I feel Ghandy missed out on the ideas of Carl Jung who was convinced every problem in essence was a spiritual one. No revolution can be won without an inner spiritual change, which was morally shown in Russia, China, Vietnam or Cuba. Still Ghandy in my view should have thrown light on the historical changes of globalisation that tried to bury Marxism and not found fault with the ideology of Communism itself. It is in absolute contrast to late Sushil Roy who felt Bolshevisation of the party was very weak and thus looseness was created. Ghandy to me runs down Marxism and the organised movement by claiming youth in Andhra or Telengana are politically apathetic. He is critical of dogma but is very general and hardly touches on aspects of mass line or introspect into fundamental aspects of Marxism- Leninism. To me his criticism of lack of proletariat is immature if you analyse the destructiveness of globalisation .By claiming Communist ideology has received a major setback he is doing no justice to the great achievements in the past Socialist Societies like Russia and China ,albeit the grave errors. Ghandy does not delve into the root cause of the setbacks. I very much doubt his late wife Anuradha Ghandy would have endorsed his views which are inclined towards post modernism.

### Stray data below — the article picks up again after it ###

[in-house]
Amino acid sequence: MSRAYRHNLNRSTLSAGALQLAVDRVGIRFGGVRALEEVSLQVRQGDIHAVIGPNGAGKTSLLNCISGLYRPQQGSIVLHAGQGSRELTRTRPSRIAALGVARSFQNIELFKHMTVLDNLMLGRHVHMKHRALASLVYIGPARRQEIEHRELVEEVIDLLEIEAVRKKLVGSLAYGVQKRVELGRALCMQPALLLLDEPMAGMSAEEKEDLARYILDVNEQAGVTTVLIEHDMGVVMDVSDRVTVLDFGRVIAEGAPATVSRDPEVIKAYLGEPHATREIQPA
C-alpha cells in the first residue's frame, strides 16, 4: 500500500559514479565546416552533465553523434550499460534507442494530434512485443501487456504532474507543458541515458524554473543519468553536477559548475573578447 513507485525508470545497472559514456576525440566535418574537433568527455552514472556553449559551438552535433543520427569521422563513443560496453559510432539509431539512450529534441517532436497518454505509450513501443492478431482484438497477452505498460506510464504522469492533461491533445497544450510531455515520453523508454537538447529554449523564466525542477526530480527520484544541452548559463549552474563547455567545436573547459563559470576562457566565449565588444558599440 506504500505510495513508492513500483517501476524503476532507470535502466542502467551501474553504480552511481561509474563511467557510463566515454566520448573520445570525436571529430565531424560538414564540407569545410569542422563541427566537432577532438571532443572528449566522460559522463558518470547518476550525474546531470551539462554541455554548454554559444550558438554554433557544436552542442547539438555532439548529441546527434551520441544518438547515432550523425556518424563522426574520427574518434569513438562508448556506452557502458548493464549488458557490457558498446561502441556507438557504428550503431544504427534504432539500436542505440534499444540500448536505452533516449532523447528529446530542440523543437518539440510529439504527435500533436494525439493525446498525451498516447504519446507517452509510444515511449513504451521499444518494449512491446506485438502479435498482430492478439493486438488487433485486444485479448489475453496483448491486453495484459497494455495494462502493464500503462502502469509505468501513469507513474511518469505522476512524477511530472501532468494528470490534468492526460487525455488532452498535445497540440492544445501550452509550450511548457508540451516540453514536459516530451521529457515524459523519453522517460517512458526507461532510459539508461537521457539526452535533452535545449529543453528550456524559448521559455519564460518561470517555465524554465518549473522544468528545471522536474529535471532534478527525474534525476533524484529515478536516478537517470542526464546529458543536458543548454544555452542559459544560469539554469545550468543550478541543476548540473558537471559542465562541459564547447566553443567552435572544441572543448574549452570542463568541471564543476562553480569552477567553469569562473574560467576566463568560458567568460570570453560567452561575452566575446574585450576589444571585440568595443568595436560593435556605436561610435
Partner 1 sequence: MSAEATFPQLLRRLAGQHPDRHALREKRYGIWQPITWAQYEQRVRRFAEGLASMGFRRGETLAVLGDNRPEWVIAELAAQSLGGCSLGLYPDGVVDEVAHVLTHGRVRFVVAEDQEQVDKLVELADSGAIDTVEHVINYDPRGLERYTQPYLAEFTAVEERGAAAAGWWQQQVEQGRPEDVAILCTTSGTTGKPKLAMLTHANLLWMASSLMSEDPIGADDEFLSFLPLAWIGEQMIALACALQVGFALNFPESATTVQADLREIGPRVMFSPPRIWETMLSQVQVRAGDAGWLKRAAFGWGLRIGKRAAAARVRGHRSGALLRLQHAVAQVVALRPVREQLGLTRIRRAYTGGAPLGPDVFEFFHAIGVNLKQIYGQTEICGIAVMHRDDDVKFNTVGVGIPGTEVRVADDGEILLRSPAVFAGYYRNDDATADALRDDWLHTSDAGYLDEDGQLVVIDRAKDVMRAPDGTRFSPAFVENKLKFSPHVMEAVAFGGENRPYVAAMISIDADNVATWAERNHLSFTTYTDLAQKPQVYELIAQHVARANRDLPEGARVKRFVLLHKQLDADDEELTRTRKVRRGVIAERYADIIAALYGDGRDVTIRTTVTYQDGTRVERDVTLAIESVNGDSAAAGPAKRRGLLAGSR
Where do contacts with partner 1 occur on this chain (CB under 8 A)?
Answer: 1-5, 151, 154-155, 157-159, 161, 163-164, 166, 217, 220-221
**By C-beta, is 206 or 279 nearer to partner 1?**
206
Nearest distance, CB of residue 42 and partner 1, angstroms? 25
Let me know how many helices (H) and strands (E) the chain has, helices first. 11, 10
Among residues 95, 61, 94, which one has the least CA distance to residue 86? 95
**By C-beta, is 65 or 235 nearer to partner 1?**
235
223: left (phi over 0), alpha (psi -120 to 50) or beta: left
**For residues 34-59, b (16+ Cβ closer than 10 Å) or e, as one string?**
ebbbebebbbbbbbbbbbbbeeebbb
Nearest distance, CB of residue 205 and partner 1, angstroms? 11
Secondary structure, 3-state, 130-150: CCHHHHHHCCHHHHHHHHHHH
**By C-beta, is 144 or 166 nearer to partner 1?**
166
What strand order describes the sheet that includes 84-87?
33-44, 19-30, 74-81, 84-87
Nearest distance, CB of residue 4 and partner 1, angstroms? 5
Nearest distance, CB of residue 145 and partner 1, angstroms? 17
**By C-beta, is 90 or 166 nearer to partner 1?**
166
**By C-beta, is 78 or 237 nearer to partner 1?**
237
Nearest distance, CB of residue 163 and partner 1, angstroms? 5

Ghandy has no lines for the failure of the mass line in terms of the building of mass organisations or military line in the Charu Mazumdar era which is prevailing even today.When I met him I was surprised that he had no knowledge in the crusade for the mass line against left adventurism by comrades like T.Nagi Reddy or D.V.Rao.Ghandy does not reflect how today it is the failure of subjective factors for launching protracted peoples war that are leading to reversal and weakness in the movement. He makes no mention of the  ideological political struggle waged by Nagi Reddy streams like Centre of Communist Revolutionaries of India that later merged into the CPRCI(M.L.)Infact I hope a polemic is written by the Communist Party Re-Organisation Centre of India (Marxist Leninist) evaluating the book . He vaguely speaks about dogma within the Indian Communissts, but projects no concrete alternative to developing the proletarian revolutionary line in the era of globalisation. No light is thrown on how we have to change method of organising the industrial labour class, who are so segregated or divorced from each other, in their place of work.